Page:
It's the oldest cliche in the business: Become a travel agent and
see the world. But Gig Gwin took this saying absolutely literally.
Gwin is the only travel agent to have actually visited each of
the Travelers' Century Club's list of 318 countries, which includes
territories and remote islands.
Chairman of St. Louis-based Gwin's
Travel, Gwin devoted 30 years to the endeavor, finishing up last
September on the island of Lampedusa, in the Mediterranean off the
coast of Africa.
His travel dream started when he was a soldier in Vietnam,
taking an interest in "the culture and the people." That led to
Gwin's going back to college for a degree in Asian history, with a
minor in business.
His first travel job was as a res agent at TWA in 1970. Then
there were nine years with Maritz Incentives in St. Louis,
escorting groups around the world, honing his love for far-flung
But it was during his stint as product director for Maritz --
checking out new properties -- that the exotic travel bug really
That is when he learned of the Los Angeles-based Travelers'
Century Club, whose members share notes on how many countries
they've visited (only about six have matched Gwin in visiting every
Founding his own agency 20 years ago, he started his global
quest in earnest, using travel agent airline discounts to get
around. There's no doubt his worldly knowledge has helped his
agency service clients. "I'm the person they call for trips to more
unusual places," said Gwin. "People might know American Samoa, but
they don't know Western Samoa, they're a little rusty on Laos and
they don't know there are two Congos."
He also has used his experiences to become more visible in his
community. He appears on a travel segment on a local TV news show,
does a half-hour show once a month on local radio and currently
writes a column for the St. Louis Post-Dispatch. Next up, he's
planning a book about the foremost landmarks of the world.
Still, his wanderlust continues. And when a new country comes
into being (a not-infrequent occurrence these days), Gwin firmly
intends to pack his bags.
Earth travel 101
Since I had the challenge of trying to go to every country in
the world, I decided to become much more literate on geography and
culture," said world traveler Gig Gwin, chairman of Gwin's Travel
in St. Louis.
Gwin accomplished this
goal by signing up for the Institute of Certified Travel Agent's
Destination Specialists (DS) program, which currently breaks the
world down into nine areas.
Studying the DS materials gave him the chance "to read something
besides the in-flight magazine when I was sitting on long flights
going to the ends of the earth," he said.
The upshot of all his studying: "I would go to all these unusual
destinations with a pretty good basic knowledge of what the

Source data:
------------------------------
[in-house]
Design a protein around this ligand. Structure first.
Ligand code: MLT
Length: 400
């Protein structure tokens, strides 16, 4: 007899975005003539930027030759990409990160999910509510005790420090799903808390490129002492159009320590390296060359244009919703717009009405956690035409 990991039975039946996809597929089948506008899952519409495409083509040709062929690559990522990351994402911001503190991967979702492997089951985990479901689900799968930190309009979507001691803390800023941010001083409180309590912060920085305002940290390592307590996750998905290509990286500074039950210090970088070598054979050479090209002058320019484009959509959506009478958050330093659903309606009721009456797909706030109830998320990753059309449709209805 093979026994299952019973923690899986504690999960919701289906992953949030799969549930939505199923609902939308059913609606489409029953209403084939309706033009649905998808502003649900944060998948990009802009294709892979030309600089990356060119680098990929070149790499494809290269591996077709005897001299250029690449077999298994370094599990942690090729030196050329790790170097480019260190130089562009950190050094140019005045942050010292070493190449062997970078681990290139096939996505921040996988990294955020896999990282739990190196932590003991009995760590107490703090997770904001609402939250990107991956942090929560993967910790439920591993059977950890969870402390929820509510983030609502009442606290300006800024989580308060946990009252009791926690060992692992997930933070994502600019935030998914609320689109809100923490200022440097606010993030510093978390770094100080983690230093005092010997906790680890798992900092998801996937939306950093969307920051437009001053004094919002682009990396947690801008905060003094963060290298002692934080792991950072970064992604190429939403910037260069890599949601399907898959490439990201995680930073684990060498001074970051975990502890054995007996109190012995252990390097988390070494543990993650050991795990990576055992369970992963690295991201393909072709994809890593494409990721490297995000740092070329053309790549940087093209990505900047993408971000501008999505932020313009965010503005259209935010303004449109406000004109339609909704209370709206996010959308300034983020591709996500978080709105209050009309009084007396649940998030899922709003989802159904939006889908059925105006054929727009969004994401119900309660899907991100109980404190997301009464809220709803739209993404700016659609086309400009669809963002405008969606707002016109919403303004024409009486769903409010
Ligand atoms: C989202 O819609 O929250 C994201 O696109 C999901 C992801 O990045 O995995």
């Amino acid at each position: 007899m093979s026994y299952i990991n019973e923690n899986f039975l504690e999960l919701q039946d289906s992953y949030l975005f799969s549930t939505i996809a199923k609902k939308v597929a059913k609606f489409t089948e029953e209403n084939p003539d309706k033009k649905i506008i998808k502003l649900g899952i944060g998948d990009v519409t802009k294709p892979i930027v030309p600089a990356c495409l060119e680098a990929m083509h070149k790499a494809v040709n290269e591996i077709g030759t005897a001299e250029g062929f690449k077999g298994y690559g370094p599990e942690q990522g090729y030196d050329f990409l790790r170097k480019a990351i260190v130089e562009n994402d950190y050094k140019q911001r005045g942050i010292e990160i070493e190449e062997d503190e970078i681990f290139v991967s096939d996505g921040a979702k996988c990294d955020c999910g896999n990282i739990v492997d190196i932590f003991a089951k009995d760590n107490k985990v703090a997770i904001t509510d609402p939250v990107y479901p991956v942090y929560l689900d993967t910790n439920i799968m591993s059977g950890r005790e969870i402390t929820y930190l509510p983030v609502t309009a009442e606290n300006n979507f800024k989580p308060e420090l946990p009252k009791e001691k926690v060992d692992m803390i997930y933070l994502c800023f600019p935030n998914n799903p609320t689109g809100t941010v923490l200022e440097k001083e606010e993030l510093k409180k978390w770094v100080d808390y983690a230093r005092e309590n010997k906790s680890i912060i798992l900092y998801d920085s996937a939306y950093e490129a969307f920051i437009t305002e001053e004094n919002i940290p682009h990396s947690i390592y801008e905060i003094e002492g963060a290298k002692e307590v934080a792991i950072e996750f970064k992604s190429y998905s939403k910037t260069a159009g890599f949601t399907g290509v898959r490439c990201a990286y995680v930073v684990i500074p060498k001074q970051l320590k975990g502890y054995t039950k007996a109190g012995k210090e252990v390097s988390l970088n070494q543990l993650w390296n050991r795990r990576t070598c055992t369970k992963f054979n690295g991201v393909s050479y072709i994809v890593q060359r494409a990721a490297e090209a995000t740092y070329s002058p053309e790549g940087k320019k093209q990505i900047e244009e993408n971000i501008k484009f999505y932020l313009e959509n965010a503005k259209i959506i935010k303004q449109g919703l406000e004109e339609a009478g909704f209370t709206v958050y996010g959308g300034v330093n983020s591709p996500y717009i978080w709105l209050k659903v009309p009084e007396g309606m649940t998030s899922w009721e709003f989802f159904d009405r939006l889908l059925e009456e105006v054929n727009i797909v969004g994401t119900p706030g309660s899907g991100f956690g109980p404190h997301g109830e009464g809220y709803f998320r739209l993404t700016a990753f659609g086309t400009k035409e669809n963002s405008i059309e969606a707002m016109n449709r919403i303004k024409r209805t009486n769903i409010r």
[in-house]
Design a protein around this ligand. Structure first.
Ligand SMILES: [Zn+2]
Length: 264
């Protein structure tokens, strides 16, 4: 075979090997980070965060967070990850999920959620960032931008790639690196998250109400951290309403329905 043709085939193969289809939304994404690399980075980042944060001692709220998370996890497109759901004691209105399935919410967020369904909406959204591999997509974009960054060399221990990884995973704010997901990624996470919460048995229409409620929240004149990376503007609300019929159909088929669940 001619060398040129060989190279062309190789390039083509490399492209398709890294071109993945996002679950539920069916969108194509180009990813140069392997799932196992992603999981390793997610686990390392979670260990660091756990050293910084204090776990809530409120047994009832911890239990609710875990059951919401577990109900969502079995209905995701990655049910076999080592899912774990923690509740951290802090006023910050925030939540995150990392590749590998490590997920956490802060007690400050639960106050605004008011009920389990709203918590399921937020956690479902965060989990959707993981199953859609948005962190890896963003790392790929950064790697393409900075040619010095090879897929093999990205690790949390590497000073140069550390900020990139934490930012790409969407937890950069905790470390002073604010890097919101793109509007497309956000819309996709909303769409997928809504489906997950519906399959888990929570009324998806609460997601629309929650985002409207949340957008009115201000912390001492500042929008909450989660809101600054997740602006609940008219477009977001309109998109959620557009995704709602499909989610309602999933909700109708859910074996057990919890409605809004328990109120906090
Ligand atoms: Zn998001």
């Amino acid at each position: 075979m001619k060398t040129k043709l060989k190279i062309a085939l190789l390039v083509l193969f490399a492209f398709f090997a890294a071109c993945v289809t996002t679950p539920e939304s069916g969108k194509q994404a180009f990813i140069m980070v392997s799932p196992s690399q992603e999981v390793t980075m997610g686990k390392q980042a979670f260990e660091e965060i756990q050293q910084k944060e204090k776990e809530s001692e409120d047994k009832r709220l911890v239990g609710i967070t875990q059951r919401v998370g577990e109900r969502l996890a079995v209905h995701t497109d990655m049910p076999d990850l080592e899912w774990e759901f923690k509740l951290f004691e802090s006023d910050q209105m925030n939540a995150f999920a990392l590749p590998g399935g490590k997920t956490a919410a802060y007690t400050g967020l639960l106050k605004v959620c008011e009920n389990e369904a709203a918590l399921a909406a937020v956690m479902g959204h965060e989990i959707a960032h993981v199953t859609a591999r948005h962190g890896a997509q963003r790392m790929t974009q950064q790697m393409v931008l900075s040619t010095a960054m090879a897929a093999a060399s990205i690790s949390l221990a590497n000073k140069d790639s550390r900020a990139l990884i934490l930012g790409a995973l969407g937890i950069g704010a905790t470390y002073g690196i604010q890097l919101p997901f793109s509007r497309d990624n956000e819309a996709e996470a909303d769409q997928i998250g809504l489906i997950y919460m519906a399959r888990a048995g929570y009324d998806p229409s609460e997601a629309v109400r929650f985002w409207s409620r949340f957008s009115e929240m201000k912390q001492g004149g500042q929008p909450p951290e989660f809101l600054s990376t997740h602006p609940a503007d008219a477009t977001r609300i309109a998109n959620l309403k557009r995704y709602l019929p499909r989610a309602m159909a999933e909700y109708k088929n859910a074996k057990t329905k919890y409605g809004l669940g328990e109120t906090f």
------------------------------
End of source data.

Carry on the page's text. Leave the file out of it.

highlights were," said Gwin.
Still, he found that there was no substitute for actually
visiting all of the countries, "meeting the people and eating the
food." Those experiences helped him develop a list of "bests" of
the world. Some of his offbeat discoveries: Hong Kong "has the
greatest variety of food in the world"; Sydney, Australia, has
great pubs, and for best animal viewing, he rates not only the more
obvious -- Kenya, Tanzania and Denali Park, Alaska -- but
Antarctica and the Galapagos Islands.Tips on selling up
Think about the last time you bought a car. Were you ready to
counter any attempt to persuade you to buy "optional" features --
the vibrating seats, the titanium hubcaps -- things you didn't
same time, you probably wanted more than just a base model. Most
shoppers do, including those looking for a travel experience. Yet
like car buyers, they still resist the effort to sell up. This
presents you with a challenge, but also with many
The first thing to remember is that there is nothing unethical
about this process. If it is done right, you're simply offering
them better value, a better level of product quality or
Each of your customers will attach a different perception of
value to any upgrades you recommend. A repeat cruiser may perceive
an outside stateroom with a veranda to be well worth the extra
cost, whereas a first-timer may not.
It's your job to understand what your clients' value perceptions
may be. If possible, refrain from talking about price up front.
Instead, ask them, "If you could plan the ideal vacation, what
would it be like?"
Based on their response, ask about their budget range. They may
be pleasantly surprised to find that their ideal vacation fits
within their projected budget.
If, however, their stated budget falls short of the product they
desire, you're positioned to sell up. How? By suggesting ways for
them to obtain the benefits they desire. You are straying from
their stated budget, but in reality, you're simply selling them
what they already told you they want.
Numerous studies have shown that consumers are happiest with the
most expensive choice they can afford. The easiest way to get them
there is to let them lead the way.
Marc Mancini is a professor of travel at West Los Angeles